If you decide to move within the first few years of owning a home, you’re taking a Big Risk (see those capital letters?) that you’re going to lose money on the house when you sell. The most obvious reason is that the housing market could lose value. (And yes, housing prices in places like the Bay Area can totally fall! It’s not a guaranteed gain!)
And even if your home doesn’t lose value, but nor does it gain much, you can still lose money because selling a home is expensive. Typical agent commissions (buyer+seller) are 6%. This article says transaction costs can be 10-15% of the sale price. If you’re selling a $1M home, maybe you’ll pay $100,000 in transaction costs. Sure hope your house appreciated at least that much.
This is the raison d’être for the (admittedly mushy) rule of thumb that you should plan to stay in your home at least 7ish years. Because that gives the housing market, and more importantly your specific home value, an opportunity to recover before you sell, if it happens to crash after you buy. It’s the same basic idea behind not putting your money in the stock market unless you’re going to leave it there for a long time…the market crashes on occasion, and you want to give your assets a chance to recover their value before you need to sell them.
So, if you’re not at a point in your life where you can confidently say that you’re going to remain in this home for at least 7ish years, you probably shouldn’t buy.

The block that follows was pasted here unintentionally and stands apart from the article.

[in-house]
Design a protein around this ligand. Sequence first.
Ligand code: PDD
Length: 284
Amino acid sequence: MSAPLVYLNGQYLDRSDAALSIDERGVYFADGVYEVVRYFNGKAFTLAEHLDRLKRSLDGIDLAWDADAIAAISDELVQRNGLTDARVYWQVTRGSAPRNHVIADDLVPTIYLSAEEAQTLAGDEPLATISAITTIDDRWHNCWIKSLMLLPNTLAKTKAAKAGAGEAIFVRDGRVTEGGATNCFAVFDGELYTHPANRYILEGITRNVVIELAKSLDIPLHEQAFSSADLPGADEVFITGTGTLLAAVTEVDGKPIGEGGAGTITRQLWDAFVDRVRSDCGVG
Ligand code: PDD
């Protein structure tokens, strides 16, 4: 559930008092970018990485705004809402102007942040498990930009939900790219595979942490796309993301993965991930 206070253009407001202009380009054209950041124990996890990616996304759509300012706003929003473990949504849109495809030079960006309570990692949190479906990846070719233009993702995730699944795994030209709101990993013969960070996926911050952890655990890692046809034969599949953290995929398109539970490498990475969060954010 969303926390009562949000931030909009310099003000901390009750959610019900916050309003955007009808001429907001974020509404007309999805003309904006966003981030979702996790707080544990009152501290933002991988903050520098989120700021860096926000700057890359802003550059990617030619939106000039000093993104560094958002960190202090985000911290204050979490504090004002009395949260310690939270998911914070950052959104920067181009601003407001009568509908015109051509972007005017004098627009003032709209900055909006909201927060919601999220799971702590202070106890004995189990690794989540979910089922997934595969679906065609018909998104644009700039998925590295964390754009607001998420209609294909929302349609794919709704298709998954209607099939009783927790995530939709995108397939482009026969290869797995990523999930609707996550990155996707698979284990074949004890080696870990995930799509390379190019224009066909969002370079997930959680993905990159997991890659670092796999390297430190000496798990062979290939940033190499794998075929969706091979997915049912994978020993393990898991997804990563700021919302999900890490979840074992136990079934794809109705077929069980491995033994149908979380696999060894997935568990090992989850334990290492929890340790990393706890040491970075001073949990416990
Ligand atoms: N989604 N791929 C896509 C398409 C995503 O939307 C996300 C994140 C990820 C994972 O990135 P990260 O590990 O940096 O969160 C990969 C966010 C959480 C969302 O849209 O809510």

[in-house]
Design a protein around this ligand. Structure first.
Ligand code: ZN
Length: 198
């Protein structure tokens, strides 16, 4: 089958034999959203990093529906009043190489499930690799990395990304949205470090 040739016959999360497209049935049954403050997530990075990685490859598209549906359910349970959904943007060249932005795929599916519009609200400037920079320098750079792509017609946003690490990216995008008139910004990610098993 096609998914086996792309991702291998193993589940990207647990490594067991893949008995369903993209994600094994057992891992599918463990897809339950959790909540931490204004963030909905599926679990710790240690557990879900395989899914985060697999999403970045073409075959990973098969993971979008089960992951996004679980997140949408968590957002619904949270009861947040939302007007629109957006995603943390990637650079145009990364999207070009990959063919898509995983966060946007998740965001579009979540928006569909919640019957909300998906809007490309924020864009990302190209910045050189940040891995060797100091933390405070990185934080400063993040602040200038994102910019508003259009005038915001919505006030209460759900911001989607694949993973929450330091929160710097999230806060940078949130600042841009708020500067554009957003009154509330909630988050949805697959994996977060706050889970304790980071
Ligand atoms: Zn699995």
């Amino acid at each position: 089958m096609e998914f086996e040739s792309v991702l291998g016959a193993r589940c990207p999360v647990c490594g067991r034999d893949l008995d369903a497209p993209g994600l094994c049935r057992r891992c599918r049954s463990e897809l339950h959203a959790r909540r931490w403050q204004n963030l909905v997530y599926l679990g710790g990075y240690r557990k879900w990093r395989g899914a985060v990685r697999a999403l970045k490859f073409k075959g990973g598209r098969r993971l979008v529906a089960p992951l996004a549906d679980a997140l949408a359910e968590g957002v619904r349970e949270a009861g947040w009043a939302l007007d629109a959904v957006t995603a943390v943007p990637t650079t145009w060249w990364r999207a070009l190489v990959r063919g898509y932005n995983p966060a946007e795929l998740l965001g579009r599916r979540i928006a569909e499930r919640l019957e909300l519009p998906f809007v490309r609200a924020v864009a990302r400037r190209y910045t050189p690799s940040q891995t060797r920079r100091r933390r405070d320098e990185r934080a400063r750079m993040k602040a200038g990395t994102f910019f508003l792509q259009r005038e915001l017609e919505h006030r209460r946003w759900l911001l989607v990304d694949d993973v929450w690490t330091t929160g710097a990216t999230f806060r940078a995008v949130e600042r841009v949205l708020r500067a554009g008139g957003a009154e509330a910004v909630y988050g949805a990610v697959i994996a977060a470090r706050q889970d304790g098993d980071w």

I own a home. I like owning a home (especially because my husband takes care of most of the home-owning bullshit like hiring all the necessary people and cleaning up leaks in the basement and painting the garage). I’m pro-home-ownership. At the right time.
For me, the right time wasn’t until I was 39, having chosen Bellingham, WA to settle in with my two young children, with the conscious thought that “This is where we will raise our children. We plan to stay here for 20 years. And dear God, get me out of this minivan!” In the previous 5 years, we had moved cross-country twice, trying to find the right place to live. Thank goodness we hadn’t bought a home in San Francisco or Norfolk, VA, where we used to live. Then we likely would have been stuck there, instead of finding the right home for us in Bellingham.
I know my own experience biases me against owning a home at an earlier stage of life (not so much age, but stage of life). I try not to impose my journey on you, but if you’re thinking of buying a home, especially an expensive one, please do ask yourself:
Is owning a home worth losing that much flexibility in my life? Or is my life still too much in flux?
Do you want to buy a home? But it seems so daunting and you’re not sure if you should? Do you want help figuring out what the right move is for you? Reach out to me at firstname.lastname@example.org or schedule a free consultation.
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Disclaimer: This article is provided for general information and illustration purposes only. Nothing contained in the material constitutes tax advice, a recommendation for purchase or sale of any security, or investment advisory services. I encourage you to consult a financial planner, accountant, and/or legal counsel for advice specific to your situation. Reproduction of this material is prohibited without written permission from Meg Bartelt, and all rights are reserved. Read the full Disclaimer.